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William WALTON (1902-1983)
Walton Conducts Walton

Portsmouth Point Overturea (1924-5) [6’18]. Siestaa(1926) [5’42]. Music for Childrena (1940) [13’18]. Suite – The Questb (1943, arr. Tausky 1961) [13’44]. Sinfonia concertante for Orchestra with Piano Obbligatoc (1926-7, rev. 1943) [19’58]. Scapino, a Comedy Overtureb (1940, rev. 1950) [8’43]. Capriccio Burlescob (1968) [7’25].
aLondon Philharmonic Orchestra, bcLondon Symphony Orchestra/Sir William Walton, with cPeter Katin (piano).
No rec. info. ADD
LYRITA RECORDED EDITION SRCD224 [75’23]

 

Walton’s life-enhancing overture, Portsmouth Point, receives what must be the benchmark reading on this disc. Zappy and brimming over with life, the LPO plays its heart out for the composer. Rhythms are spot-on and angular melodies bristle with energy. The work was inspired by an etching by Thomas Rowlandson (http://www.pemberley.com/janeinfo/1811pmth.jpg) and the music captures to perfection the colourful hustle and bustle of the sketch. Portsmouth Point was Walton’s first successful orchestral work and it is not hard to hear why. The music is full of infectious, jazzy, spiky rhythms à la Stravinsky.

If Portsmouth Point signified an important juncture in Walton’s professional life, the Sinfonia Concertante of a couple of years later (though revised in 1943) is heavily influenced by the Stravinsky of Petrushka - to the extent that Walton played the score (intended at that point for the stage) to Diaghilev. Alas Diaghilev rejected the score, so it became a concert work, premiered in 1928 (with Ernest Ansermet conducting and York Bowen as the soloist). The work is in three movements, each dedicated to one of the Sitwells (Osbert, Edith and Sacheverell, ‘Sachie’), although these dedications were deleted on the work’s revision. The angular fun of the first movement is superbly caught by Peter Katin and the LSO, who seem to point out aurally Michael Kennedy’s assertion that the figures of Ravel and Poulenc are hovering in the background. The ‘Andante comodo’ slow movement is lovely (it could so easily become mushy, though, and all credit to Katin and the composer for disallowing this); the finale (complete with the directive, ‘sempre scherzando’) represents Walton at his brightest.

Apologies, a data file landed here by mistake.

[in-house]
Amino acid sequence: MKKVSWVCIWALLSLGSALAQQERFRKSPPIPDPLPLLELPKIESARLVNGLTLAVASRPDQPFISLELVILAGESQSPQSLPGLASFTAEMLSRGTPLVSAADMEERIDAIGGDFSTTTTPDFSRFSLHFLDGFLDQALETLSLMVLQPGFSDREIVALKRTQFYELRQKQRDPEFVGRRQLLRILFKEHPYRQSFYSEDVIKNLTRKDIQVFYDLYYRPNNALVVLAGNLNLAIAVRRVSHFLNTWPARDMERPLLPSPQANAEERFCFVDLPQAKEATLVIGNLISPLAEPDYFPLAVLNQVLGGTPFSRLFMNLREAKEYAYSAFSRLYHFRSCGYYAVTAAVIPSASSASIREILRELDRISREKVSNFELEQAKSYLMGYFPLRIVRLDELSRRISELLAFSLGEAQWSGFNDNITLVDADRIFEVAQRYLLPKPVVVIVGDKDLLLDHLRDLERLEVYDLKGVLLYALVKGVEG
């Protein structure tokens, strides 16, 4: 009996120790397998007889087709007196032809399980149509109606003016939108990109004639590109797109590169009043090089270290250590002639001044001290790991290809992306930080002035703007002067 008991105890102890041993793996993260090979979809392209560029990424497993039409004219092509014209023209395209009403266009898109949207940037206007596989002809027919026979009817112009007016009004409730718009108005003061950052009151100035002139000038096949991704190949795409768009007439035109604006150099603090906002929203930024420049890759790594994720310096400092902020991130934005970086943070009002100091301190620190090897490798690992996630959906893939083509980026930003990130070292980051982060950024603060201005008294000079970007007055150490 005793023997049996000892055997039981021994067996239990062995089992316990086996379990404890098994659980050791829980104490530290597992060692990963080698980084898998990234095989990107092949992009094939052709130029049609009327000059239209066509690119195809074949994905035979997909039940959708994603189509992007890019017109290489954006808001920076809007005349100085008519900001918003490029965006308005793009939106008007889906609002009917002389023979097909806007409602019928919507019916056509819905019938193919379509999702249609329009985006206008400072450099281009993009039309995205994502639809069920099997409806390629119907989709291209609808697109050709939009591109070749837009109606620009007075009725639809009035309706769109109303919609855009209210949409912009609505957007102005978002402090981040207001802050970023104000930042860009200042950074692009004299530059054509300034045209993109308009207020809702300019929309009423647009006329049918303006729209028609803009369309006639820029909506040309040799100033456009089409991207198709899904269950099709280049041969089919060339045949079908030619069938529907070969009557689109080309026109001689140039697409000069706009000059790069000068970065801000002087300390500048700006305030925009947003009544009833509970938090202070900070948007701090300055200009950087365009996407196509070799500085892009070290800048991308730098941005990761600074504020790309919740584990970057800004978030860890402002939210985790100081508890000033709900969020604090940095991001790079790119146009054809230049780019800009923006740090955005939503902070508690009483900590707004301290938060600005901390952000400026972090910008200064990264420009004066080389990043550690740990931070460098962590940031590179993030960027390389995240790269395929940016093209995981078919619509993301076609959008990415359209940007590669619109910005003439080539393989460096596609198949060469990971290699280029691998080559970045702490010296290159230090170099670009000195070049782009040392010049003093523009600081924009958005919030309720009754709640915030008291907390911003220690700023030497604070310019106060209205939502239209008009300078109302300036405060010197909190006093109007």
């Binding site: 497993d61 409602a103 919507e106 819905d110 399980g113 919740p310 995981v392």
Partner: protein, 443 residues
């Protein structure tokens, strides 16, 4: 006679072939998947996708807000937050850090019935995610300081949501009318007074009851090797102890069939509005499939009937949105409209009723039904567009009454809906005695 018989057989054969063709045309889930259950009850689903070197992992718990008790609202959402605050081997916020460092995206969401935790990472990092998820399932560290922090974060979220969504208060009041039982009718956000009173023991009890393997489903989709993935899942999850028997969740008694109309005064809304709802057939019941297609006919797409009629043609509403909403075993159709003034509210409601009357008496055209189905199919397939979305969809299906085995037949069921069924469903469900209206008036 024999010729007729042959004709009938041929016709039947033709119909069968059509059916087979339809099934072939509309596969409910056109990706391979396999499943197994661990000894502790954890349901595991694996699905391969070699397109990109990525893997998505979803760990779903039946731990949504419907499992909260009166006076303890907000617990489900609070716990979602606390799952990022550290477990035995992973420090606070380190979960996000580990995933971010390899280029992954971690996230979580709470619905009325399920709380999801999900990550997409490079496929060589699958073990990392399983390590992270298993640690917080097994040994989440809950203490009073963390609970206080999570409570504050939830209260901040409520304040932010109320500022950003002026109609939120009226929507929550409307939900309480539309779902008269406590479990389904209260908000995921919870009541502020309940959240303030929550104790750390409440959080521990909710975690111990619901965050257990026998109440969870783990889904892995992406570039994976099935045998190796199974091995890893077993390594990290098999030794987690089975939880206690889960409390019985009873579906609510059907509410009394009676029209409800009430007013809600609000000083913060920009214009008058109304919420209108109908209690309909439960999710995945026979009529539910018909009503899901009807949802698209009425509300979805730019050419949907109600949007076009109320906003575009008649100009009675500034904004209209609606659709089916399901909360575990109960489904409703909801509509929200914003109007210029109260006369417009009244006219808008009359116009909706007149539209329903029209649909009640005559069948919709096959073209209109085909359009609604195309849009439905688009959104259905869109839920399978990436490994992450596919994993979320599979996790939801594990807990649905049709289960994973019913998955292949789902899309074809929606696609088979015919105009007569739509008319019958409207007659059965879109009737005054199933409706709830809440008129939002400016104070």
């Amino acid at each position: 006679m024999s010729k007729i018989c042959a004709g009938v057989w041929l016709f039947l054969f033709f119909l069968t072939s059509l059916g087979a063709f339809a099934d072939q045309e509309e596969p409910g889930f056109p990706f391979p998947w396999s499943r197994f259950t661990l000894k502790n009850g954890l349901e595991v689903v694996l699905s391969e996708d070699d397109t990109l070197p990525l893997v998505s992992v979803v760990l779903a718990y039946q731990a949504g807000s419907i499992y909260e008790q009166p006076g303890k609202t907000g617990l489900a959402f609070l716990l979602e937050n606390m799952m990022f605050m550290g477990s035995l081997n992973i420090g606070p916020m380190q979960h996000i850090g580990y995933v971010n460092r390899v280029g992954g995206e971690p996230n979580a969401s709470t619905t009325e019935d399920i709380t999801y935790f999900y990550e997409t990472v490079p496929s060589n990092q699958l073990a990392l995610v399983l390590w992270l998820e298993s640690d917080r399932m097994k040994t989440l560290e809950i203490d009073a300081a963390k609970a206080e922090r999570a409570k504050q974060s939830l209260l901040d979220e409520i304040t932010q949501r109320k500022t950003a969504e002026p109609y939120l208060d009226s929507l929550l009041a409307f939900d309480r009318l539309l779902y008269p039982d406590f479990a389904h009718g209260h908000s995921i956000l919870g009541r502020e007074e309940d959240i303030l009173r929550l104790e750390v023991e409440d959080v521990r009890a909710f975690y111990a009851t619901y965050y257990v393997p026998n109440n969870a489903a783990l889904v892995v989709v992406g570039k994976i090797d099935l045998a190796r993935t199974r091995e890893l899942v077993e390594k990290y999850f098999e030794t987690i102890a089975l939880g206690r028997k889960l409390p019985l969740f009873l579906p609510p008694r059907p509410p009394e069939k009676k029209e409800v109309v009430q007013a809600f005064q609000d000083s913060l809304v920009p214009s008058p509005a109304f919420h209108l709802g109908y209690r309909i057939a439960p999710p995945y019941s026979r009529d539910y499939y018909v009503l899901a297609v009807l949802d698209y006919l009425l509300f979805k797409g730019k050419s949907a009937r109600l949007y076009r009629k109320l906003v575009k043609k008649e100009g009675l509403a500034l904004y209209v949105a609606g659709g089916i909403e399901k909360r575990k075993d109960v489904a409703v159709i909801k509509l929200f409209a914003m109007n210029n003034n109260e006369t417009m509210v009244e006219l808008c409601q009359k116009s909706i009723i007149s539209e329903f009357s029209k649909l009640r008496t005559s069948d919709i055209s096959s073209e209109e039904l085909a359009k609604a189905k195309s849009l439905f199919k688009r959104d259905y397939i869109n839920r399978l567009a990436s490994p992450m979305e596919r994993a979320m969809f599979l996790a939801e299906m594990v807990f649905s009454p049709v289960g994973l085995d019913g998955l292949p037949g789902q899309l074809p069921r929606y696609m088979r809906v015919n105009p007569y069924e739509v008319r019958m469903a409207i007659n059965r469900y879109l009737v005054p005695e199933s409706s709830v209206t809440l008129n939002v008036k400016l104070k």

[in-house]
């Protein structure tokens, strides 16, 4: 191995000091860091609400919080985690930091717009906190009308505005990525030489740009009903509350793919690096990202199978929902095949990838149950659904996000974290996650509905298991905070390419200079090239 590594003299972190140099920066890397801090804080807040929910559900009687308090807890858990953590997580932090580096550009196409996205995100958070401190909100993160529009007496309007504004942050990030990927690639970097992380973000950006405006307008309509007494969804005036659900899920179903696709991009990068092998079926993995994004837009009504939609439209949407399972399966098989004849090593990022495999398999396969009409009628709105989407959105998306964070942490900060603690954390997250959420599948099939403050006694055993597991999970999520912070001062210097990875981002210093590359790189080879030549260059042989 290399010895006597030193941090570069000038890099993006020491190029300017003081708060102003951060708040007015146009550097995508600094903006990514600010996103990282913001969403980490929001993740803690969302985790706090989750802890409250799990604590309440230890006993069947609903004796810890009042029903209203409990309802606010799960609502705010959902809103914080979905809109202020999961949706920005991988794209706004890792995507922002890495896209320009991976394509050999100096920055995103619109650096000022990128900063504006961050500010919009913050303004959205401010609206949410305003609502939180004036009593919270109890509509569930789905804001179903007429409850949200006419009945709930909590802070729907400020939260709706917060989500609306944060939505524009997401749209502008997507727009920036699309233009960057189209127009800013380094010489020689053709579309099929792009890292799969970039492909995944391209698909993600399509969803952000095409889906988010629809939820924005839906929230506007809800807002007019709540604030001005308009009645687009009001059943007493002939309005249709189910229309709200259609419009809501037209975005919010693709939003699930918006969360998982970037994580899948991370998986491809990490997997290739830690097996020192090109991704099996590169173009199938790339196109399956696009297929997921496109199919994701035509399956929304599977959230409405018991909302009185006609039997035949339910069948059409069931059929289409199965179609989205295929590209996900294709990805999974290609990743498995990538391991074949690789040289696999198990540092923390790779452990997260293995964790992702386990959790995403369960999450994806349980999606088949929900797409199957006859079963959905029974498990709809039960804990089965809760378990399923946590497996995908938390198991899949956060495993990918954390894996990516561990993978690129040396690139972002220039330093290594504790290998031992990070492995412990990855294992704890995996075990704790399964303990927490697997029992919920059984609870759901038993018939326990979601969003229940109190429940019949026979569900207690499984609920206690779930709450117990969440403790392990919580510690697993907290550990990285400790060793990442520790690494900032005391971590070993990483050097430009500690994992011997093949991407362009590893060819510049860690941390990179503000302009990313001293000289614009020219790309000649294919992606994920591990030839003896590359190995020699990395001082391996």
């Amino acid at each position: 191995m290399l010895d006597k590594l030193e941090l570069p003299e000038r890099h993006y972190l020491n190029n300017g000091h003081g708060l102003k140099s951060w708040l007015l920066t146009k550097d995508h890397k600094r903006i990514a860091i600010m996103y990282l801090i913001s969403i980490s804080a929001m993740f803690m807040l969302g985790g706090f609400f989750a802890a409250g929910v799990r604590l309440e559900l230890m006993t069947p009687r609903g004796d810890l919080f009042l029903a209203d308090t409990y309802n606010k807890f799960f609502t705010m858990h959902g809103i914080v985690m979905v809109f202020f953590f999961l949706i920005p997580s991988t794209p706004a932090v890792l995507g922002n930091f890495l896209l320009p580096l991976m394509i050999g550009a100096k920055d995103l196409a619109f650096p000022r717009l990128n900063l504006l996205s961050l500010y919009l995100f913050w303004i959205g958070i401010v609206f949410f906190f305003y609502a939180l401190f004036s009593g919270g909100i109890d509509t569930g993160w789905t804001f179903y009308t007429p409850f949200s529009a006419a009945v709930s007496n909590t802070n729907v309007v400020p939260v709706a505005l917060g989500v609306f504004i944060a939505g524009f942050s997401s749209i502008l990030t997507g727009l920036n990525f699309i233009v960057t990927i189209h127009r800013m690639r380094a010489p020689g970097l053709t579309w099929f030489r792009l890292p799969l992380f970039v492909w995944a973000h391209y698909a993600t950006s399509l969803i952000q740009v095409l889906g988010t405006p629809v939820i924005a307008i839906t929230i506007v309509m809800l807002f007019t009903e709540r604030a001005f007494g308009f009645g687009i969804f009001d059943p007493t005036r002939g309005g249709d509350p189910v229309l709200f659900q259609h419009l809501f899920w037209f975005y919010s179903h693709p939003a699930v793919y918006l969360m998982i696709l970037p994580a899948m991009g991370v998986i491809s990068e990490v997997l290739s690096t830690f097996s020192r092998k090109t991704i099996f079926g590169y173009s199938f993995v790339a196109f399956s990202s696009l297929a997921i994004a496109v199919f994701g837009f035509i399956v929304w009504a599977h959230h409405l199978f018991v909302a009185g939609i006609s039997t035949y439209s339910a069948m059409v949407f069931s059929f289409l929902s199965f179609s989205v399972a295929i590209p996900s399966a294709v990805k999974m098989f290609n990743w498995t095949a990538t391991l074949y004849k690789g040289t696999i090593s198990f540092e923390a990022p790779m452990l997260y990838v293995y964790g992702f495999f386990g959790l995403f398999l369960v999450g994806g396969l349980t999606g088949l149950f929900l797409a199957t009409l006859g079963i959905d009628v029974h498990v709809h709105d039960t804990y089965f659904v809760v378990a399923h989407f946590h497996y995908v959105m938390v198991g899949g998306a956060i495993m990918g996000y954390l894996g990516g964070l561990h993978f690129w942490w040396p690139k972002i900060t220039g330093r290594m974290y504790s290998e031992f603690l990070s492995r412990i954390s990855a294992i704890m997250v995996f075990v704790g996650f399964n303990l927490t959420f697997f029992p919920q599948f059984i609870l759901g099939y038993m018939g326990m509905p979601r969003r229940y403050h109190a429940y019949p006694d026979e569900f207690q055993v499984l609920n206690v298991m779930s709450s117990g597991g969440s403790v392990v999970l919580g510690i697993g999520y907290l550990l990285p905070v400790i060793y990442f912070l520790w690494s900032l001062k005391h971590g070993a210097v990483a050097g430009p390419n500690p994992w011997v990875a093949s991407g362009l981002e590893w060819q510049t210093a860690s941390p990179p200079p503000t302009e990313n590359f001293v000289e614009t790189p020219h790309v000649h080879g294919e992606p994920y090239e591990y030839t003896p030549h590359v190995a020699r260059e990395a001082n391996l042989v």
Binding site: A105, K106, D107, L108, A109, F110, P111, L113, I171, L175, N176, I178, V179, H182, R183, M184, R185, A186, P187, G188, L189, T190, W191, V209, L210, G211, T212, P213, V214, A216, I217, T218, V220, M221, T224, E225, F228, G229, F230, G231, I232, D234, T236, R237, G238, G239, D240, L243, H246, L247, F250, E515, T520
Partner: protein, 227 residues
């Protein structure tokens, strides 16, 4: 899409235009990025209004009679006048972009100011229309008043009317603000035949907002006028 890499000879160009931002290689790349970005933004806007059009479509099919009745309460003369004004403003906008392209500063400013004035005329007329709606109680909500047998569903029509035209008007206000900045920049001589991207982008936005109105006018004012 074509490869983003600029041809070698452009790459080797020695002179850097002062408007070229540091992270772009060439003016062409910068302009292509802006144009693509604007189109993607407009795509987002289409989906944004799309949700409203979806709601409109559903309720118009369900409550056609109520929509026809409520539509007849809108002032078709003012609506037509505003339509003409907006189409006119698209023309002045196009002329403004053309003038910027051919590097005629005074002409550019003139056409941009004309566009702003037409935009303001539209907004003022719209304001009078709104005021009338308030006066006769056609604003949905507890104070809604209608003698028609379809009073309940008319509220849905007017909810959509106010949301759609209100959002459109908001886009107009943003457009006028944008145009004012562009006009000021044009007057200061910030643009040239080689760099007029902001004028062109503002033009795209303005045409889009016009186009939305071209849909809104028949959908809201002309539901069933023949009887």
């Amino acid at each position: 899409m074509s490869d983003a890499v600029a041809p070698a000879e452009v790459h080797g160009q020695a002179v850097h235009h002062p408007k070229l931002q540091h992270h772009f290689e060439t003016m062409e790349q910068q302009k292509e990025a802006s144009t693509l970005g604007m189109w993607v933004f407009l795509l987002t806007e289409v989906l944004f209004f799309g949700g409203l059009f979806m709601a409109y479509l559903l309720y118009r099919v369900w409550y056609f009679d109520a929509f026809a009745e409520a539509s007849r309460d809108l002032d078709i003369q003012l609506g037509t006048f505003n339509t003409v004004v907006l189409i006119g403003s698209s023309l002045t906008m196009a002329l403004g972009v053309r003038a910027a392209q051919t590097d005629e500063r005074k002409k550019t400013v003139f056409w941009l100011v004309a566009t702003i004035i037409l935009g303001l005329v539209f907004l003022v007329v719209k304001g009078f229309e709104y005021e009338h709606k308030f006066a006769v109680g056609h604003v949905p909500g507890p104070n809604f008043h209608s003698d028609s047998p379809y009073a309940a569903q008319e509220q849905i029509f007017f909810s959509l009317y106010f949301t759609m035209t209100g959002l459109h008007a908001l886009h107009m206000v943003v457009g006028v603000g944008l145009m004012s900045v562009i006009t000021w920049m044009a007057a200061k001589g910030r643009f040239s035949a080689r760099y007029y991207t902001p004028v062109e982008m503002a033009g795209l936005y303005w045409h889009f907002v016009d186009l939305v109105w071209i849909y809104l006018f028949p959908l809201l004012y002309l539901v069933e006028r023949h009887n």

Note I use the term ‘brightest’ as opposed to ‘brashest’. That epithet could more usefully be applied to the Capriccio Burlesco, commissioned by the New York Philharmonic for its 125th anniversary (it is dedicated to André Kostelanetz, who conducted the première in New York). Michael Kennedy in his notes suggests that, like Scapino, this work evokes Rossini. Personally I find Bernstein, especially in unbuttoned filmic mode, springing more readily to mind. Capriccio Burlesco breathes an exuberance that makes it the perfect way to round off the disc.

Scapino is one of Walton’s most popular works. Scapino is a commedia dell’arte figure (actually Harlequin’s servant). The work opens in a blaze of bright light. It is, as Kennedy rightly says in his notes, ‘Walton’s Till Eulenspiegel’, trombone glissandi and rumbustious scoring adding up to an enervating outing. A contrasting section, representing Scapino the lover, is marked ‘come una serenata’. The more lyrical passages are sensitively shaped and phrased.

Originally a sequence of piano duets, Walton’s Music for Children is a set of ten short, charming movements. Not the first composer to base a piece on a five-finger piano exercise, Walton’s ‘The Music Lesson’ (the first movement) is unutterably sweet. There is much cheeky music within these movements; but also some melancholy, as in the near-static (very) miniature tone-poem ‘The Silent Lake’. Kennedy is quite right to assert that the final movement (added to the original piano duets), ‘Trumpet Tune’, is ‘a miniature Crown Imperial’.

The more expansive, reflective side of Walton is represented by the brief Siesta of 1926, scored for chamber orchestra. Within its five-minute span it conjures up a worry-free world of blue skies and soft breezes.

Finally, a curiosity. Walton wrote the music for The Quest, a ballet, in double-quick time during the war, for Sadler’s Wells. The score was then lost for a period of time before resurfacing in a North London warehouse in 1958. The four-movement Suite was put together, with the help of Vilem Tausky, in 1961 (this was its first stereo recording). The second movement, ‘The Spell’ (a gentle siciliana) is particularly beautiful, while Walton the conductor brings out the humour of ‘The Challenge’. This is a delightful quarter-hour’s worth of music.

It is highly impressive that Lyrita has managed to present so many different sides of Walton within the scope of a single disc. The recording mirrors the excellence of the performances.

Colin Clarke

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